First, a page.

As Gregory Fantham puts it, it should be remembered that the identification of “home” with property is quite specific to societies that value individual investment and, indeed, individualism as a value. In the United States, for example, the idea of ​​a property democracy is deeply embedded in the political culture. In contrast, more collectivist or less money-oriented societies do not exhibit this identification of house with property. In fact, the distinction is something we all appreciate sometimes.

“As a family we have moved on more than half a dozen occasions and even after our children moved overseas there was never a doubt that home was wherever we were. be, whether we possess it or not.”

It explains how external factors such as environment, neighborhoods and relationships with neighbors can also be reasons for a deep sense of connection to our homes – and, therefore, the sense of loss of connection to a place. resulting can be all the more overwhelming.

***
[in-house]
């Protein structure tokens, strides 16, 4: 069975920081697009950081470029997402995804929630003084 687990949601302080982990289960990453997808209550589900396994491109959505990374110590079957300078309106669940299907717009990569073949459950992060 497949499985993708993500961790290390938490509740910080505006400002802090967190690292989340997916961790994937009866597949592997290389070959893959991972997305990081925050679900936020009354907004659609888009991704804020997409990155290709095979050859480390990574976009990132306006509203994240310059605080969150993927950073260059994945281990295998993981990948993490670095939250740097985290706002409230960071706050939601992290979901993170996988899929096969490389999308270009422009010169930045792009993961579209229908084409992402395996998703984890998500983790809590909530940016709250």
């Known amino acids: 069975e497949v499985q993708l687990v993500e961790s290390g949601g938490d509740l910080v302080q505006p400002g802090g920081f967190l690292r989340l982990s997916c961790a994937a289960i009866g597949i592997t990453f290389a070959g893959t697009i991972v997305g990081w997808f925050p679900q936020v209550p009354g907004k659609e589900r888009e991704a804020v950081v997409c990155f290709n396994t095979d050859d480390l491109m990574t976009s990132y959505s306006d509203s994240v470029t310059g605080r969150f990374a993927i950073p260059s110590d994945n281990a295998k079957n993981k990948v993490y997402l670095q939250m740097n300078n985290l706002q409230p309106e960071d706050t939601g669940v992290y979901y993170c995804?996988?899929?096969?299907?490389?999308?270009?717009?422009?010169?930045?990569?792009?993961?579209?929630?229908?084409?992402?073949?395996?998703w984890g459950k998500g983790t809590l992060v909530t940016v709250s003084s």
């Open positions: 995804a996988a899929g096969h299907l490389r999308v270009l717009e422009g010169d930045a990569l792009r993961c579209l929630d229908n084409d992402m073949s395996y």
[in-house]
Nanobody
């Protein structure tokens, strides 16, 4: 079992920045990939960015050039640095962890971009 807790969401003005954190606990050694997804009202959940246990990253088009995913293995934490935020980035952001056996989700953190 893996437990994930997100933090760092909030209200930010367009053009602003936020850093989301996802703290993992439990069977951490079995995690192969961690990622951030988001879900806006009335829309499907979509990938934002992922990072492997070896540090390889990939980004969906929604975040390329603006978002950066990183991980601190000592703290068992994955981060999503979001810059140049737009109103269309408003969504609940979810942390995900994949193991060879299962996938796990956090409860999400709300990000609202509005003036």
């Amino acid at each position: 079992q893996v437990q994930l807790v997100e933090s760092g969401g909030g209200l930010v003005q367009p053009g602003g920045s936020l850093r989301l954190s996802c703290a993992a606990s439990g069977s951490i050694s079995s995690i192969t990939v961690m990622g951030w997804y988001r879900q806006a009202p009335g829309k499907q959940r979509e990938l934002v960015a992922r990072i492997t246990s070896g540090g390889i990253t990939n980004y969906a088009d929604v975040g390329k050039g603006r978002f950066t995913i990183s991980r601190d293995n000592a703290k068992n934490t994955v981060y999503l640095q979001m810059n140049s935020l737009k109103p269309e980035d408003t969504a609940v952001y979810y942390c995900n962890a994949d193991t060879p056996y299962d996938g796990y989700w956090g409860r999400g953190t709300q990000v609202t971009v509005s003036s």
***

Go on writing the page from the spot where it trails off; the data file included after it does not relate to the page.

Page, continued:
Physical places endure and serve as fountains of memory, so homes and neighborhoods help us keep alive some of the strongest sources of what gave meaning, well-being and happiness to our lives.

I know I will miss the sounds of wild, gurgling streams and the stress of managing a dwindling workforce. But then I know what I’m going to do with the proceeds from the sale. To travel.

Because there’s nothing like travel to heal broken hearts and create new memories.